The Code Gorilla

Sunday, 10 March 2013

Dependency Injection (DI)

I was late to the part on Dependency Injection, or so I thought. I'd been reading and trying to get my head around IoC (Inversion of Control) for some time when I decided to delve deeper and started reading the book Dependency Injection in .Net. After reading about 50 pages it dawned on me, I'd been designing my software with DI in mind for years.

My background in strongly typed modern (at the time) C++ had always enforced reference (pointers) access via an interface (or pure virtual class) in conjunction with the pattern identified by Kevlin Henney called PFA (Parameterize From Above), complemented by my own personal hatred of the global singleton "don't know how to solve a problem so I'll just cheat" anti-pattern had made me subconsciously an advocate of DI. Like many of the GoF (Gang of Four) patterns named in the book Design Patterns : Elements of Reusable Object-Orientated Software I'd been using them for years, I just didn't know they had a name (remember all this book really did/does is allow us to talk about a pattern using the same language, the patterns are just a result of good design and are pretty obvious). Now I understood, now I could talk to my other developers using the same language.

Fast forward and now my main development language of choice is C# and safe in the knowledge that DI is nothing new, I continue reading to find out what specifically I didn't know. The gap in my own implementations can be termed the IoC Container, the mechanism for resolving the dependencies. Now strictly speaking you don't need to use a 3rd party IoC Container as you can do what I had been doing for years and just create your own for what you need and wire it all together yourself. Its not that difficult and sometimes that's all you need.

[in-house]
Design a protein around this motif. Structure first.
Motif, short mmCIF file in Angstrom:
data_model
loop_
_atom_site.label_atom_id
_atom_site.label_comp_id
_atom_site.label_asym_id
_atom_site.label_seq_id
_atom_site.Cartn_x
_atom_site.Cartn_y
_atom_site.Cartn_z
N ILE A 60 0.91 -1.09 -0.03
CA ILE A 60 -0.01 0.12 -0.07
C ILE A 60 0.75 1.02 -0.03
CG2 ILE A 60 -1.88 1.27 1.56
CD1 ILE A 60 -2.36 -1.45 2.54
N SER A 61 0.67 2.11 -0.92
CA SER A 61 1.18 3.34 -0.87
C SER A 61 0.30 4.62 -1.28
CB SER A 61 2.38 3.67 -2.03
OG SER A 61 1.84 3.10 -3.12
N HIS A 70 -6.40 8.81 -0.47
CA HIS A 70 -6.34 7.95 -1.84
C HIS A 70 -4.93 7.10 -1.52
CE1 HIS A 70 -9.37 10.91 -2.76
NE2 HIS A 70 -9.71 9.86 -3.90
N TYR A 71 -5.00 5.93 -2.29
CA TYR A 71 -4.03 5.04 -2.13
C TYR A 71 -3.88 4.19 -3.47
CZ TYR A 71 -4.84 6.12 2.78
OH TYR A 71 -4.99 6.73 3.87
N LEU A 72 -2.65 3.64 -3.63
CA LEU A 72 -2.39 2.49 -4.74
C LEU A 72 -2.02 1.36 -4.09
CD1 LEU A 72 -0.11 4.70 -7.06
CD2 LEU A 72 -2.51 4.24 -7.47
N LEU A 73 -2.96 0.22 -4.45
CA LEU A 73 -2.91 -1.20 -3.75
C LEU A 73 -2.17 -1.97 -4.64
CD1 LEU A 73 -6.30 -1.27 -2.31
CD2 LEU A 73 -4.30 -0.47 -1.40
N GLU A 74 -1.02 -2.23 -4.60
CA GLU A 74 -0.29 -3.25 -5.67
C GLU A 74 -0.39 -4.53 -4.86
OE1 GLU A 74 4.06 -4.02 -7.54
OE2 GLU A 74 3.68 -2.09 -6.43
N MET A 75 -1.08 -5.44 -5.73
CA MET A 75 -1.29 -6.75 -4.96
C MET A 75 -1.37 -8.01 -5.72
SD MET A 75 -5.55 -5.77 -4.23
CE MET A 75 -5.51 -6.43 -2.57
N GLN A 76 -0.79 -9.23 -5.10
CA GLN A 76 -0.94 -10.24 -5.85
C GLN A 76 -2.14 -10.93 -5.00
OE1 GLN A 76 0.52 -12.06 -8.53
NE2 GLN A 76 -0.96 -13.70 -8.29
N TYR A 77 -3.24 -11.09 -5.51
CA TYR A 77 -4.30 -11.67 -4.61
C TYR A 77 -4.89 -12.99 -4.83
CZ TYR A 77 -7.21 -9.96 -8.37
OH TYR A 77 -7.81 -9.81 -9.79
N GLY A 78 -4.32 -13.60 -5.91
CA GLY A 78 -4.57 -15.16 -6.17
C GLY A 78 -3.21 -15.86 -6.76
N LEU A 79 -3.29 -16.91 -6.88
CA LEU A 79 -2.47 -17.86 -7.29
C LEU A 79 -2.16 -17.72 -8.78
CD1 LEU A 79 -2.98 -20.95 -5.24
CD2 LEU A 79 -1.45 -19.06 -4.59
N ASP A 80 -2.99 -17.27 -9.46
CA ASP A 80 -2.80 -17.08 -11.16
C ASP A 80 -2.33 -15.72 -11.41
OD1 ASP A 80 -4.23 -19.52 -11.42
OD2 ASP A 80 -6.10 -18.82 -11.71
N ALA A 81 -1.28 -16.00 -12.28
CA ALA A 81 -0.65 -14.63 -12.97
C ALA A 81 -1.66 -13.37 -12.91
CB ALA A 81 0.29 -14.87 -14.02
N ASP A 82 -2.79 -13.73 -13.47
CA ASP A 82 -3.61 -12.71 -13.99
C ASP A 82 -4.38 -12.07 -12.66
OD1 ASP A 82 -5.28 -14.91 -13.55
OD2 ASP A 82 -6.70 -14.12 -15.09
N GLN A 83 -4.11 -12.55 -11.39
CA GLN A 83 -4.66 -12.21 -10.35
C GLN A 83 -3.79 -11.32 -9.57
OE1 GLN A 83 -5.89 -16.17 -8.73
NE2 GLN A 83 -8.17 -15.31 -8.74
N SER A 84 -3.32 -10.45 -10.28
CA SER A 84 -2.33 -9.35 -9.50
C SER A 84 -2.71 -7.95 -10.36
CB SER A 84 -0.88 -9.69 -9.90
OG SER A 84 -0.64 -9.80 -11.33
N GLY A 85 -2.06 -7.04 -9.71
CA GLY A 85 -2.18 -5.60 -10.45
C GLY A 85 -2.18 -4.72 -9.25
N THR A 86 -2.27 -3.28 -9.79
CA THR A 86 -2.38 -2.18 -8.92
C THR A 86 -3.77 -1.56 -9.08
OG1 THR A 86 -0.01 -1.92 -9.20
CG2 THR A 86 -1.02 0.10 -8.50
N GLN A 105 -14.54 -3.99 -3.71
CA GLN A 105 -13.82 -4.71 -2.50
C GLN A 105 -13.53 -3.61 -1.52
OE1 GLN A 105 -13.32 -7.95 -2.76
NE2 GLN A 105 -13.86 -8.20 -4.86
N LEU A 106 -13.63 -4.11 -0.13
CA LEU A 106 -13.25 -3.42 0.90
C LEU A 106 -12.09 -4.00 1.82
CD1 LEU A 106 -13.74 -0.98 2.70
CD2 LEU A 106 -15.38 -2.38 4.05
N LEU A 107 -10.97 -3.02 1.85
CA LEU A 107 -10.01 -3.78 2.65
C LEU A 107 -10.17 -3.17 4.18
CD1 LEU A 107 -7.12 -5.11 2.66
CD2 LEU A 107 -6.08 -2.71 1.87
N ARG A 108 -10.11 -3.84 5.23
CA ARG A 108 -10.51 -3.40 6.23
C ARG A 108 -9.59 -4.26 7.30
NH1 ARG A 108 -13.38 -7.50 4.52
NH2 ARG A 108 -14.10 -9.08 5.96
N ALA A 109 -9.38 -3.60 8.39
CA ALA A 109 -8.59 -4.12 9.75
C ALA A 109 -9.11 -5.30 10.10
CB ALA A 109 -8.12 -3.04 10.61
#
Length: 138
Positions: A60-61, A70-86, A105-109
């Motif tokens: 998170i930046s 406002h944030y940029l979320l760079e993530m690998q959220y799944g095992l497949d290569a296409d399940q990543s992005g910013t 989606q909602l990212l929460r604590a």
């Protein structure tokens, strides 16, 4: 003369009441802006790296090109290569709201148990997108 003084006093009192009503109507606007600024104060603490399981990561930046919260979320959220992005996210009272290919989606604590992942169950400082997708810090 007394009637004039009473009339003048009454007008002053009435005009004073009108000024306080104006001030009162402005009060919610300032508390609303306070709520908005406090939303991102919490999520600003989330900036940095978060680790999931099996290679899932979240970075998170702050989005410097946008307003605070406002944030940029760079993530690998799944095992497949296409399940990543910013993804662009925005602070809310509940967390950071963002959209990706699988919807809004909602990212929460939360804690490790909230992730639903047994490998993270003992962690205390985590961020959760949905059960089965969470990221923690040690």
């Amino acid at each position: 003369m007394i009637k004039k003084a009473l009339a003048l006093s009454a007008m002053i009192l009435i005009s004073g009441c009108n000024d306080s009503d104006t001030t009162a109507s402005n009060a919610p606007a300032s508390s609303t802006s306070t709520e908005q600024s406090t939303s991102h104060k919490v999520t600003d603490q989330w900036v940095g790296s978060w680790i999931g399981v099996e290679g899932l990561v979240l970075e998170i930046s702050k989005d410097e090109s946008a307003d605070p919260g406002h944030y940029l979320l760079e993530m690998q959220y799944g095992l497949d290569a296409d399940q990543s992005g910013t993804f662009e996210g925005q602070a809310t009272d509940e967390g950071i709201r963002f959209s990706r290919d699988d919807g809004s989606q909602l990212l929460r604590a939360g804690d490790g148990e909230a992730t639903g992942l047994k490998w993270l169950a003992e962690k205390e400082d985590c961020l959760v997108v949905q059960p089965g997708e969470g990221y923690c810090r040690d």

Note: Do not confuse the IoC Container with a service locator, the IoC Container is much better and the service locator goes against my opinions on a global top level singleton - The service locator is that singleton to bridge all singletons.

IoC Containers as supported by numerous frameworks provide at least 2 or 3 of the following features:
  1. Automatic Dependency resolution
  2. Lifetime management
  3. (optionally) File based configuration.
In reviewing which IoC/DI Containers I should be using I was edging toward Unity (being a MS Stack kind of guy) when I stumbled across this comparison on the performance of the respective IOC Containers. This then led me to my current choice of preferred IoC Container, namely Autofac, its light weight, and is so simple to use that even doing you own DI wiring is not really worth it. Keep in mind though that using an IoC Container is a high-level choice for your application, web service or whatever (i.e. at the start of your app loading or registering). The key is that by using DI in your design and implementation you open up the opportunity to use any IoC container and MUCH more importantly it also means that you can isolate and unit test properly (you are unit testing?). I see the choice of which IoC container to use to be a decision that does not have to be made today and even if you had decided which one to use, you can always change your mind tomorrow.

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